Critical Metals: A Race to a Sustainable Future
The global transition to renewable energy will see the demand for metal and mineral resources dramatically increase. Low-carbon technologies are significantly more mineral intensive compared to fossil fuels. Several metals have been dubbed “critical metals,” which is dependent on how widely used the metal is and how widely available. Some metals have higher usages in specific technologies (e.g. lithium in batteries). In contrast, other metals are used in lower quantities but in a wider variety of technologies (e.g., molybdenum is used in wind, geothermal, solar and hydro technologies).
To meet the future demand of critical metals, new ore deposits must be discovered. In recent years the cost of exploring for new deposits has exceeded the value of those discoveries. This is an unsustainable trend, and to reverse it requires new, cost-effective approaches to explore and extract mineral deposits.
My graduate research
In 2016 I joined the Hydrothermal Geochemistry Group at McGill University, lead by Anthony “Willy” Williams-Jones. The basis of my research is investigating the geochemical processes that create metal-rich shales. Shales are a fine-grained sedimentary rock that forms when sediment accumulates in low-energy environments (eg., deep oceans, Fig. 1). As the sediment accumulates, it becomes enriched in different metals (e.g., nickel, zinc, copper). The range of metal concentration observed in these types of rocks spans several orders of magnitude. The typical shale contains 60 parts per million (ppm), whereas other shales contain 50,000 ppm. The processes that control the metal endowment in a shale package are not fully understood.
Figure 1. Beginnings of a black shale. In low energy environment organic matter and sediment accumulate on the bottom of an ocean. Metals are trapped in the accumulating sediment creating an organic, metal-rich mud.
So why study black shales?
Black shales are considered the source of metals for several different types of ore deposits, or form in similar environments to other kinds of ore deposits. As the sediment accumulates it undergoes lithification, whereby intense pressure over geologic time compacts the unconsolidated sediment into a black shale (Fig.2).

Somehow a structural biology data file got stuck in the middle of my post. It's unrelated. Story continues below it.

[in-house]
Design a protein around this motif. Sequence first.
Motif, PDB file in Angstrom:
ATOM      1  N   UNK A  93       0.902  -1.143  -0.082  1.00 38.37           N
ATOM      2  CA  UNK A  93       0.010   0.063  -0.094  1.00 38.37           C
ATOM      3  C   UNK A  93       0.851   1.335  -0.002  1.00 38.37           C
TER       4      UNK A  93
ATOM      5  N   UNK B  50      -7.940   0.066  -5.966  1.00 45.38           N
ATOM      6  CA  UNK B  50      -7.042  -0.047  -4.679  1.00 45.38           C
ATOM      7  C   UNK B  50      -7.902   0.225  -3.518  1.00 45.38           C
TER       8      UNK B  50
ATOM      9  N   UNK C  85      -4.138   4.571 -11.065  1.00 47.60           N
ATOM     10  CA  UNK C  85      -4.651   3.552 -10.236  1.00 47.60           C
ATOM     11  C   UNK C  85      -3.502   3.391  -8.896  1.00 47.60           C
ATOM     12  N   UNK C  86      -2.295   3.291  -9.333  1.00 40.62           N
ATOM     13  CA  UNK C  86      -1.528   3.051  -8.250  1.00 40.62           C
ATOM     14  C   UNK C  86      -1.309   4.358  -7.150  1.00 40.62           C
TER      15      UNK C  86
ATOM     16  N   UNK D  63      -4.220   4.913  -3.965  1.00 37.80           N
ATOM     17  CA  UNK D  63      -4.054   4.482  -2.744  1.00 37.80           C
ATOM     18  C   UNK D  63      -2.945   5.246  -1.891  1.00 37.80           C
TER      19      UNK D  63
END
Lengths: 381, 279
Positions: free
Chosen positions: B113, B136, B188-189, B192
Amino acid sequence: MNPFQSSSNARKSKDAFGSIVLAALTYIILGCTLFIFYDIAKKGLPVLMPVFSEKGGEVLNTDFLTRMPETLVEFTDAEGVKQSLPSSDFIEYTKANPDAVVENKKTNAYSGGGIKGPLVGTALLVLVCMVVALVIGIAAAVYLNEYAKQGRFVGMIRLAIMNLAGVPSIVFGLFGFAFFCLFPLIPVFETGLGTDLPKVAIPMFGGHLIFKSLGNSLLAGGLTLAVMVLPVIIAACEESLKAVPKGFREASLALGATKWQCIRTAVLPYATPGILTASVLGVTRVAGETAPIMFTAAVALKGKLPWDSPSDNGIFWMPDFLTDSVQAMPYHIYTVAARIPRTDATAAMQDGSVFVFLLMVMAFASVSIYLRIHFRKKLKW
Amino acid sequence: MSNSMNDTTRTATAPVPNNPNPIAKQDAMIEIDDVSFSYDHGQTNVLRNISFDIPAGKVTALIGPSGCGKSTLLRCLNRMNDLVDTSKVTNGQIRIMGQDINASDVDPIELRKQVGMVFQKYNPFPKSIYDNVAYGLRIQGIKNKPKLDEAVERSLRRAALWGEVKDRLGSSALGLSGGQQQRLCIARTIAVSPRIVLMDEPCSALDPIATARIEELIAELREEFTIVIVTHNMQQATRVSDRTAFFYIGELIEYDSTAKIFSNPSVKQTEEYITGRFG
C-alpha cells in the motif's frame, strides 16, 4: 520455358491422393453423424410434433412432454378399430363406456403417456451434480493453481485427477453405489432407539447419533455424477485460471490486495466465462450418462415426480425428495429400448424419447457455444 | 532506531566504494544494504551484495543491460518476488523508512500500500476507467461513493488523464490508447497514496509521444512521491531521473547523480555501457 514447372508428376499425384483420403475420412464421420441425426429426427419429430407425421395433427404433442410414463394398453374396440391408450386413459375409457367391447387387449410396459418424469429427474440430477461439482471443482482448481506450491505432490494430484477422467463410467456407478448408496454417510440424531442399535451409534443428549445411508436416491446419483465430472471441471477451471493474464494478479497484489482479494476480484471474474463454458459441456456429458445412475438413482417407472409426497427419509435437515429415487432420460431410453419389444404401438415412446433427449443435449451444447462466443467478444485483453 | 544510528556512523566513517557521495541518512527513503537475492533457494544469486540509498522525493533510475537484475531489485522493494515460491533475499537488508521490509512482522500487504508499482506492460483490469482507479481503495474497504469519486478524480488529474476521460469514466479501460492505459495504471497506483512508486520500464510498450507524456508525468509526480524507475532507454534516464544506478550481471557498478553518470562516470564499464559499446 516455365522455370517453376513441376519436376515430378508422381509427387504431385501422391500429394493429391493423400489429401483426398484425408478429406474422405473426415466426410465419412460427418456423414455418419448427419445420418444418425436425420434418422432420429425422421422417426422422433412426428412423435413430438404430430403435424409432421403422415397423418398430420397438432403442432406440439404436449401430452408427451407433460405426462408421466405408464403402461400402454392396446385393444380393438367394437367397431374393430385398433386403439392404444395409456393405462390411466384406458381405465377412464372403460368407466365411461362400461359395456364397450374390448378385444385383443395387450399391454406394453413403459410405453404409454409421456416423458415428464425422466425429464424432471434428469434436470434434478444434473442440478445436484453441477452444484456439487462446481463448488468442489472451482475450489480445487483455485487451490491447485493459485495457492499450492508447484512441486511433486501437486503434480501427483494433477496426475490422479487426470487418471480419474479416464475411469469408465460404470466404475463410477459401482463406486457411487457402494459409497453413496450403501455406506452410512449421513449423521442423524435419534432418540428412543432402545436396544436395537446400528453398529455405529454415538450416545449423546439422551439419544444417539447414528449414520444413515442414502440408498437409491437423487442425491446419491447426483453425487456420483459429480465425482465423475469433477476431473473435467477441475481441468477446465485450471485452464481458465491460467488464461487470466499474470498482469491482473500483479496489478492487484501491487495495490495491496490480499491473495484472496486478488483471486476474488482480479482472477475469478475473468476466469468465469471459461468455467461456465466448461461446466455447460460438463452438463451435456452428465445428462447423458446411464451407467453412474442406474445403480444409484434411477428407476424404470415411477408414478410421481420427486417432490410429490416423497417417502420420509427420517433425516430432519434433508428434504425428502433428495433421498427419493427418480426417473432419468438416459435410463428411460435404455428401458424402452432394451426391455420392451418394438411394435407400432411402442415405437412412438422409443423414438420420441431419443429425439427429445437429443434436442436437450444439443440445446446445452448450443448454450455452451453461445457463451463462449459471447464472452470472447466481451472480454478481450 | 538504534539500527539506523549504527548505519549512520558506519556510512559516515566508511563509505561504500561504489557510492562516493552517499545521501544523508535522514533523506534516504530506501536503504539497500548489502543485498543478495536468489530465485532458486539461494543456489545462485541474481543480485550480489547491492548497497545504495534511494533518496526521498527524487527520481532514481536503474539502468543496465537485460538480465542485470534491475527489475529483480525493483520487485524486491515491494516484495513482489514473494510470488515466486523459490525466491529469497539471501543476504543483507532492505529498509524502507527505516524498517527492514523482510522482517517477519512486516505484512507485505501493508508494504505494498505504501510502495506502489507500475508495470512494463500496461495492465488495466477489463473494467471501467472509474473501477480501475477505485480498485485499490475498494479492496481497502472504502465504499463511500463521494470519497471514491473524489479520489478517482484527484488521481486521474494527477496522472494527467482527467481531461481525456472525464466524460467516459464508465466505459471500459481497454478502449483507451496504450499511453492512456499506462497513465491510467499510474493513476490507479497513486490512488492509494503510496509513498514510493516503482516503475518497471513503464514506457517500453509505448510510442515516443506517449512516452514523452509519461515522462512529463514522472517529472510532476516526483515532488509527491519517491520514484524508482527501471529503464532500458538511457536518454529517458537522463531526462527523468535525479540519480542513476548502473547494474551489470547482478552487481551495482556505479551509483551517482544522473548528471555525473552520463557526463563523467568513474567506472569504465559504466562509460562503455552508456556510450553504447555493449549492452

Figure 2. Lithification. Over millions of years the sediment, along with the organic matter and material washed in from the land gets compacted into an organic rich shale
During lithification, several geochemical reactions occur that can liberate these metals alongside a fluid. This fluid, either water or oil, can transport metals 100’s to 1000’s of kilometres. If the conditions are right, the metals in these fluids can be deposited, forming an ore deposit. In other settings, black shales host an ore deposit that is formed during deposition. Given the right tectonic environment and heat flow, a metal-bearing fluid can percolate through unconsolidated sediment and precipitate vast quantities of metals at or close to the seafloor.
These ore deposits, whether formed by a migrating fluid sourced from black shales or formed within a shale, will need to be found if we are to succeed to transition our energy grid off fossil fuels (Fig.3.)
Figure 3. Metals found within black shales are key components of renewable energy including solar panels and wind power.
My Hugh C. Morris Journey
In March 2020, I was thrilled to be selected as Hugh C. Morris Fellow. A few days later, most travelled was banned, McGill University closed, and Montreal became the epicentre for COVID-19 in Canada. This meant postponing much of the program I had designed. My Hugh C. Morris Fellowship is designed to extend my existing research into metal-rich shales to incorporate other shale packages and how these shales are associated with conventional and unconventional ore deposits. This involves collaborating with industry and government parties investigating mineral deposits in China, South Africa and Canada.
Over the past several weeks, with the reopening of Montreal and universities, I have begun two analytical research projects. The first is investigating a shale unit in Yukon, Canada, called the Canol Formation. A section of the Canol Formation contains anomalous high levels of vanadium and zinc. Typically, anomalously high metals concentrations occur over a few meters. Here, however, the Canol Formation hosts high metal concentrations close to 100 vertical meters. Although high levels of vanadium and zinc have been reported in other shale units, what is particularly interesting about the Canol Formation is that the other metals (e.g., nickel, copper, arsenic, molybdenum) are not enriched. Typically, the processes that enrich one metal influences a whole suite of metals. The Canol Formation offers the opportunity to better understand how just vanadium and zinc are enriched in shales.
The second research project I have started is investigating the gold-uranium deposits in South Africa. The Witwatersrand Basin, a 300km long, 150km wide sedimentary basin, hosts the world’s largest known gold reserves and has produced close to one-third of all the gold that has ever been mined. The gold and uranium are concentrated in layers called conglomerates. A conglomerate is a sedimentary rock where gravel and pebbles size clasts (few mm to cms) are held together in a matrix of finer material. The gold and uranium are distributed through these conglomerates closely associated with organic matter. The origins of the gold, uranium and organic matter are controversial. One of the research projects, in collaboration with the University of Witwatersrand and Université du Québec à Montréal, is to age-date the uranium-minerals that have different relationships with the host rocks, gold and organic matter.
Hopefully, travel will be possible, and I can get going on the rest of my fellowship.